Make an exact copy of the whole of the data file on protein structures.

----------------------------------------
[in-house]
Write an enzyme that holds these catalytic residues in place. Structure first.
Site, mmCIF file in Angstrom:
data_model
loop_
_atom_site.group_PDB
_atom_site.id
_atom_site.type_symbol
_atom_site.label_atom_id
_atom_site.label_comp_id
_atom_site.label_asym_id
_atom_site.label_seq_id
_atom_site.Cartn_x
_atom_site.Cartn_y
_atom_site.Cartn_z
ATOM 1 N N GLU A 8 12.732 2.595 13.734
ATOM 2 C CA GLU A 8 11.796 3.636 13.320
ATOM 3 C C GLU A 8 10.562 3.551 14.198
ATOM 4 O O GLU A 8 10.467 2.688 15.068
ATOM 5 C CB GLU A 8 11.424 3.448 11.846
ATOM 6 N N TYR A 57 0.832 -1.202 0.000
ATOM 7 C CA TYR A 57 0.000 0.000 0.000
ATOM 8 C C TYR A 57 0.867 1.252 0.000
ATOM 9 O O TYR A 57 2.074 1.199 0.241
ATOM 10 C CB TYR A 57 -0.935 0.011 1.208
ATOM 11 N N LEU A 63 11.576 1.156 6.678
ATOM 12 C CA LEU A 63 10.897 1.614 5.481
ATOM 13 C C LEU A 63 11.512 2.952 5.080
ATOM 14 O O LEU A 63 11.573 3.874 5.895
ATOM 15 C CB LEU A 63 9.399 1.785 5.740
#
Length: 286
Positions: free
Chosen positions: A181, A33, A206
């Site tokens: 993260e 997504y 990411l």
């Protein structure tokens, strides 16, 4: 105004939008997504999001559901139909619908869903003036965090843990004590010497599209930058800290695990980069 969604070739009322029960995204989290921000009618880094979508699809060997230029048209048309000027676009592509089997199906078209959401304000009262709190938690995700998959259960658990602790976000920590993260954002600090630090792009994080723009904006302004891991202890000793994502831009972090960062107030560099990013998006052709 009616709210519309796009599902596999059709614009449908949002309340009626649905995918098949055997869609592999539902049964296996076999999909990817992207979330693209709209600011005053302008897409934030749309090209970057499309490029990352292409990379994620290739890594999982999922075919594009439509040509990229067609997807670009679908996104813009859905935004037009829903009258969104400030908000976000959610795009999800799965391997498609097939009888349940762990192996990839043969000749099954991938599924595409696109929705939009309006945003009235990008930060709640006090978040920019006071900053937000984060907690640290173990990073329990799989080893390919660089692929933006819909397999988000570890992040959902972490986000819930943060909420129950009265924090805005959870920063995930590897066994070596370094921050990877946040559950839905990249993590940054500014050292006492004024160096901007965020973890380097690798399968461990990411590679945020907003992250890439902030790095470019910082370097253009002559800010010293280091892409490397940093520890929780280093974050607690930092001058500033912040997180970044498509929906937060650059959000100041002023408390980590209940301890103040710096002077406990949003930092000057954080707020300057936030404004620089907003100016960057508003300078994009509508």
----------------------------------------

[in-house]
Write an enzyme that holds these catalytic residues in place. Structure first.
Site, mmCIF file in Angstrom:
data_model
loop_
_atom_site.group_PDB
_atom_site.id
_atom_site.type_symbol
_atom_site.label_atom_id
_atom_site.label_comp_id
_atom_site.label_asym_id
_atom_site.label_seq_id
_atom_site.Cartn_x
_atom_site.Cartn_y
_atom_site.Cartn_z
ATOM 1 N N GLU A 8 12.732 2.595 13.734
ATOM 2 C CA GLU A 8 11.796 3.636 13.320
ATOM 3 C C GLU A 8 10.562 3.551 14.198
ATOM 4 O O GLU A 8 10.467 2.688 15.068
ATOM 5 C CB GLU A 8 11.424 3.448 11.846
ATOM 6 N N TYR A 57 0.832 -1.202 0.000
ATOM 7 C CA TYR A 57 0.000 0.000 0.000
ATOM 8 C C TYR A 57 0.867 1.252 0.000
ATOM 9 O O TYR A 57 2.074 1.199 0.241
ATOM 10 C CB TYR A 57 -0.935 0.011 1.208
ATOM 11 N N LEU A 63 11.576 1.156 6.678
ATOM 12 C CA LEU A 63 10.897 1.614 5.481
ATOM 13 C C LEU A 63 11.512 2.952 5.080
ATOM 14 O O LEU A 63 11.573 3.874 5.895
ATOM 15 C CB LEU A 63 9.399 1.785 5.740
#
Length: 286
Positions: free
Chosen positions: A181, A33, A206
């Site tokens: 993260e 997504y 990411l």
């Protein structure tokens, strides 16, 4: 105004939008997504999001559901139909619908869903003036965090843990004590010497599209930058800290695990980069 969604070739009322029960995204989290921000009618880094979508699809060997230029048209048309000027676009592509089997199906078209959401304000009262709190938690995700998959259960658990602790976000920590993260954002600090630090792009994080723009904006302004891991202890000793994502831009972090960062107030560099990013998006052709 009616709210519309796009599902596999059709614009449908949002309340009626649905995918098949055997869609592999539902049964296996076999999909990817992207979330693209709209600011005053302008897409934030749309090209970057499309490029990352292409990379994620290739890594999982999922075919594009439509040509990229067609997807670009679908996104813009859905935004037009829903009258969104400030908000976000959610795009999800799965391997498609097939009888349940762990192996990839043969000749099954991938599924595409696109929705939009309006945003009235990008930060709640006090978040920019006071900053937000984060907690640290173990990073329990799989080893390919660089692929933006819909397999988000570890992040959902972490986000819930943060909420129950009265924090805005959870920063995930590897066994070596370094921050990877946040559950839905990249993590940054500014050292006492004024160096901007965020973890380097690798399968461990990411590679945020907003992250890439902030790095470019910082370097253009002559800010010293280091892409490397940093520890929780280093974050607690930092001058500033912040997180970044498509929906937060650059959000100041002023408390980590209940301890103040710096002077406990949003930092000057954080707020300057936030404004620089907003100016960057508003300078994009509508």